Referring to Obama, he said, “The president has turned out to be Bush 2, I mean Bush 3. He bailed out the banks and no rules were set up to stop what they were doing. It is going to happen again.”
Larry Zehner, a retired carpenter whose wife is a retired teacher, said, “I am all for strikes. When I saw Walker’s budget I knew collective bargaining was only part of it. We know where the money is. A general strike is a good idea but can we get the numbers out here? If there were enough such a strike might take just a day.”
Rob Meyer, a photographer from Minnesota, said, “The momentum has to continue and not just in Wisconsin, but across the US, and for that matter, the world. Egypt has given us some fire and it’s a domino effect. If the workers fall over, they will walk all over us like a steamroller. For a long time workers were beaten down, like a dog that’s been repeatedly whipped, but now is a good opportunity to bite back.”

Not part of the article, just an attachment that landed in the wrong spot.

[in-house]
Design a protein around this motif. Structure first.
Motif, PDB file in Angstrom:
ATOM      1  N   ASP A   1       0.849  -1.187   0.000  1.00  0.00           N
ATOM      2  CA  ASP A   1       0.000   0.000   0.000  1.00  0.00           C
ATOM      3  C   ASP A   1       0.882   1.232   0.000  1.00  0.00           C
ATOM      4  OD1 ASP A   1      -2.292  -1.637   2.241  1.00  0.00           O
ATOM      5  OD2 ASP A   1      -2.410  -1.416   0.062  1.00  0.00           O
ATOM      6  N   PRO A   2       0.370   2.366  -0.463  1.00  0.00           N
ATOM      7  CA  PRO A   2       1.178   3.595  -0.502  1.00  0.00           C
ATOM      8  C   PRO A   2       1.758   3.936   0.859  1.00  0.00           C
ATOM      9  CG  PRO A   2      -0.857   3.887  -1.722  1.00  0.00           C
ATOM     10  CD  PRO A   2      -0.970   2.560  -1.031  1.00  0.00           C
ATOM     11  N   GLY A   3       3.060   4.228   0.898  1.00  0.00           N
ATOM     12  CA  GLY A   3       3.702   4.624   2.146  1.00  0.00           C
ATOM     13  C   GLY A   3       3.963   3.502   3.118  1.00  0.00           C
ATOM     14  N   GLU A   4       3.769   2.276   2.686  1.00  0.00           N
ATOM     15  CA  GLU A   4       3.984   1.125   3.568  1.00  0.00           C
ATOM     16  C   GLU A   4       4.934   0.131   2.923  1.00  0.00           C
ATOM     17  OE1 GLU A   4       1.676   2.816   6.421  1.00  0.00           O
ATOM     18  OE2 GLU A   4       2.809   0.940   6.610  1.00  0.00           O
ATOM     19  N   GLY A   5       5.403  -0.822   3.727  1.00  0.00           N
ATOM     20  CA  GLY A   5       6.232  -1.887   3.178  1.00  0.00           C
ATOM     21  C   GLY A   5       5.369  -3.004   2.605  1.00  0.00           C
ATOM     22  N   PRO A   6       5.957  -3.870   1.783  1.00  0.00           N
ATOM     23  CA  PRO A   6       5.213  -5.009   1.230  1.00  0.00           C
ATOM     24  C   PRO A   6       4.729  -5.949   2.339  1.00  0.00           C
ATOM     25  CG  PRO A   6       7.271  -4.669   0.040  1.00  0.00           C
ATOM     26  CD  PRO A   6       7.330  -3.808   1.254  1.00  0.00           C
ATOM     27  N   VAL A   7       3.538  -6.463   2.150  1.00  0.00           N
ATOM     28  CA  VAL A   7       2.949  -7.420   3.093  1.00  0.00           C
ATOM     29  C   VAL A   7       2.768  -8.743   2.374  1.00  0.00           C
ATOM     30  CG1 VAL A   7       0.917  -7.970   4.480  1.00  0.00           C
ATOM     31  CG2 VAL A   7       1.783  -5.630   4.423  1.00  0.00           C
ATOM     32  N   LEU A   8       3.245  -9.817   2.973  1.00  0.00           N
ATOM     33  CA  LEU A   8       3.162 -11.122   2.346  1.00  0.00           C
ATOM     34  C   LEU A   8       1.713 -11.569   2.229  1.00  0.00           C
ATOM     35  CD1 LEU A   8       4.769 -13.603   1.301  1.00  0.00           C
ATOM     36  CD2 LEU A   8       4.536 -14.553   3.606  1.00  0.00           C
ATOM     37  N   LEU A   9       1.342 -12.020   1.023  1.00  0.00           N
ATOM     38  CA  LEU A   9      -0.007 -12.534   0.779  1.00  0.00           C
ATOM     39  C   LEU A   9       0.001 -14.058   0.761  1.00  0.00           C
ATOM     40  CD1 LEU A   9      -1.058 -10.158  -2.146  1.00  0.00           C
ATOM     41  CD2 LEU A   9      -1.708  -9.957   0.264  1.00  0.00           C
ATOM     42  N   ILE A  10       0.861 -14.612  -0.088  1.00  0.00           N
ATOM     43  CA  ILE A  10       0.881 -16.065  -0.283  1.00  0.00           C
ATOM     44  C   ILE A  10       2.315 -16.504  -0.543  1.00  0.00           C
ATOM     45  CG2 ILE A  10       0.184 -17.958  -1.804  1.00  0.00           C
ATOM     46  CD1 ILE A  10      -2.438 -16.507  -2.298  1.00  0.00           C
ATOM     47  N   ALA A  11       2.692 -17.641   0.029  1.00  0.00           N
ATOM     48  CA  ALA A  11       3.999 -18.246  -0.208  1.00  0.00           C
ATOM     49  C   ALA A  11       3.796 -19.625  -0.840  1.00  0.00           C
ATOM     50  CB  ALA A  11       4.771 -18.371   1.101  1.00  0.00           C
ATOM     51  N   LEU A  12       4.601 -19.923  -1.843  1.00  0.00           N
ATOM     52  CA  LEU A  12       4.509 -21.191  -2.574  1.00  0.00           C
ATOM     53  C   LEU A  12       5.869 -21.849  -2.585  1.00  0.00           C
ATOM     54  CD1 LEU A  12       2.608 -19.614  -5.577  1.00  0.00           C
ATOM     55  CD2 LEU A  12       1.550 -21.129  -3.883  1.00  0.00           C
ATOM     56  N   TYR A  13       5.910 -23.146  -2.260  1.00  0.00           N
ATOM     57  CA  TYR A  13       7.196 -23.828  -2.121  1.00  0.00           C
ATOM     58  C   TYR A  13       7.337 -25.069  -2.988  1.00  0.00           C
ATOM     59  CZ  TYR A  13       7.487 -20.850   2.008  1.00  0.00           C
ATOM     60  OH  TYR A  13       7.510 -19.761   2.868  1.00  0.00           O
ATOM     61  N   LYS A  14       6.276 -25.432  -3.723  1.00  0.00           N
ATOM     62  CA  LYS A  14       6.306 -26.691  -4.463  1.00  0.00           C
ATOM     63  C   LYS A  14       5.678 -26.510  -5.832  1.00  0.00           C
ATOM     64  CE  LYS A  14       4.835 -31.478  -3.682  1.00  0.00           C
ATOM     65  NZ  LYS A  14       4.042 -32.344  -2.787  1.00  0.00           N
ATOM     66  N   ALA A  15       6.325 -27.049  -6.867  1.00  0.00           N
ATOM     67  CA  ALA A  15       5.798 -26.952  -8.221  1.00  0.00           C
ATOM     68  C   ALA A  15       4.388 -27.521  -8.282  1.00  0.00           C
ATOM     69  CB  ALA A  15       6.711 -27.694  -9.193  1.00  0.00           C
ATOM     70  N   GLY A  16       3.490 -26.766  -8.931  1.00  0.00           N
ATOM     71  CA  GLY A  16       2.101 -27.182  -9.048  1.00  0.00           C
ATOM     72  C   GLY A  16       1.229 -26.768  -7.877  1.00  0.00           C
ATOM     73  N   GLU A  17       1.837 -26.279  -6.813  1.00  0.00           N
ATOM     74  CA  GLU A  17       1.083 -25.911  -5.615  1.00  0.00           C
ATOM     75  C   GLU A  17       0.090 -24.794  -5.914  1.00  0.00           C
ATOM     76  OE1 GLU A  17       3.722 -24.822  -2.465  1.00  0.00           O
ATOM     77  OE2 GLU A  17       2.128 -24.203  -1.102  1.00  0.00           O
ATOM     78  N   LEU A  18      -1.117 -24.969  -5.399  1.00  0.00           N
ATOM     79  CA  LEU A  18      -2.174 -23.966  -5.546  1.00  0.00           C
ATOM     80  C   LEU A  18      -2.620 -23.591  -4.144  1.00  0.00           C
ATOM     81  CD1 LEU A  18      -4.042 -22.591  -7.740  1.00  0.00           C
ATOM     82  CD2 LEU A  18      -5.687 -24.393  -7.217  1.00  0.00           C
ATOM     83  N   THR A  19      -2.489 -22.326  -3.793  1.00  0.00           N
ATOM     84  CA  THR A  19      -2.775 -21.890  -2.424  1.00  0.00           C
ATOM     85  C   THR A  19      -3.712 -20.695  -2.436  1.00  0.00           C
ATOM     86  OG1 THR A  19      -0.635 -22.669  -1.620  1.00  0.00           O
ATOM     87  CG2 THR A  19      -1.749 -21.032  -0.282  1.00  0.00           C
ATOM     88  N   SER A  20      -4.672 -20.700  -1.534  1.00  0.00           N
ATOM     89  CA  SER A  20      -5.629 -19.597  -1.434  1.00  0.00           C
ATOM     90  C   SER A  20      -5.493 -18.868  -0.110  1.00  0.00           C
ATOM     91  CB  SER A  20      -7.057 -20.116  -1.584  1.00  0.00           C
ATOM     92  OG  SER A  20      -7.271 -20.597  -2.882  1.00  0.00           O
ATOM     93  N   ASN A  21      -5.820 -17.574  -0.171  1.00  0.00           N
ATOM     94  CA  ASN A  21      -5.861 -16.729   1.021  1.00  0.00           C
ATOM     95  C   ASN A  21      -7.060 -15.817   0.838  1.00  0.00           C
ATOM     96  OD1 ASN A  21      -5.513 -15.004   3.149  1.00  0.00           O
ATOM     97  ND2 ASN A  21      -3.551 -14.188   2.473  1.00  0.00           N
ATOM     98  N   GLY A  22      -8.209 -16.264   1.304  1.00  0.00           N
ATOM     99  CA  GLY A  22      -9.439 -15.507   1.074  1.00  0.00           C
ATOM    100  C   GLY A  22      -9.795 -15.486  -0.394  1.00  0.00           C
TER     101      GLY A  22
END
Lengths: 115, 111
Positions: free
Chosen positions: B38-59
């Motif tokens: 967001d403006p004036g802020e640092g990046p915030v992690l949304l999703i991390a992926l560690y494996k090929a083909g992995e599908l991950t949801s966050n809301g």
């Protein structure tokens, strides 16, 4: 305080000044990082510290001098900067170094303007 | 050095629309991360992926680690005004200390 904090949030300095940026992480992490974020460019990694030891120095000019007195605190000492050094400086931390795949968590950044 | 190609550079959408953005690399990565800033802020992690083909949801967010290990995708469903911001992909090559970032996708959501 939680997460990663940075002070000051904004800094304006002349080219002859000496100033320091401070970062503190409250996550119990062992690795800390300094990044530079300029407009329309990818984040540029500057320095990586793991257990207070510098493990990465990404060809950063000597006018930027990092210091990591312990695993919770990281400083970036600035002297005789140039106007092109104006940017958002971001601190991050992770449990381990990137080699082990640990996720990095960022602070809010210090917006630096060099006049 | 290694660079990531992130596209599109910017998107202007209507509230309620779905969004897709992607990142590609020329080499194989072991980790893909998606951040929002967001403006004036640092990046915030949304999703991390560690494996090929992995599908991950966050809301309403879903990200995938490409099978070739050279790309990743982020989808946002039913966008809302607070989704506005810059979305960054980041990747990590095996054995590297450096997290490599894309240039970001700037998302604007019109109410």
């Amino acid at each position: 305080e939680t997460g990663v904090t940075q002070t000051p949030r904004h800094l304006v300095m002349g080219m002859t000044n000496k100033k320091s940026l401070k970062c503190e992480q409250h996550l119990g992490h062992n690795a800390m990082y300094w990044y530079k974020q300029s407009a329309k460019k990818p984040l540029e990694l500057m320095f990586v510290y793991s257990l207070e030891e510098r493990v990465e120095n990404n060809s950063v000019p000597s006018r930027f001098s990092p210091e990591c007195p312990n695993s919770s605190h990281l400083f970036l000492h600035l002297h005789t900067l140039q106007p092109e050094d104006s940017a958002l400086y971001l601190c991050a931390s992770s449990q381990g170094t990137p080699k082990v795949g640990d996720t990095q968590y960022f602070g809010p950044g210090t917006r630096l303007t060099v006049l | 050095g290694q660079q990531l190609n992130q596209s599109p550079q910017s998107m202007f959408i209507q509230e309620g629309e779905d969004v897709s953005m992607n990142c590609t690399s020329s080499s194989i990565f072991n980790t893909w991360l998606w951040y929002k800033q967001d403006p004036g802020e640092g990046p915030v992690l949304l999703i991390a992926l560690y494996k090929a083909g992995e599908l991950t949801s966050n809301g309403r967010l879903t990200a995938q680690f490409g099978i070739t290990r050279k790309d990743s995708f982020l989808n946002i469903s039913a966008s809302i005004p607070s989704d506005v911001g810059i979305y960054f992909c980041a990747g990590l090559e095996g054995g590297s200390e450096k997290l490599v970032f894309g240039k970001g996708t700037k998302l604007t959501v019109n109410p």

Susan Nicol, a nurse at the UW Hospital, said, “This represents a step in the wrong direction. I want to live in a place where people care for each other, not a place where you step over people in the street. This budget is going to lead to the elimination of public schools and the privatization of everything. I’m worried our public schools are just going to turn into baby-sitting services.”
University of Wisconsin-Milwaukee students Megan Puebla and Amanda Patmore came to Madison to participate in the protests. They noted that under Democratic Governor Jim Doyle workers were forced to take a pay freeze and furloughs in return for healthcare benefits. Now workers were being forced to pay more for those benefits. The budget crisis was manufactured through giving tax breaks to corporations and the wealthy, and instead of cutting workers’ wages “we should be taxing the top 1 percent,” they said.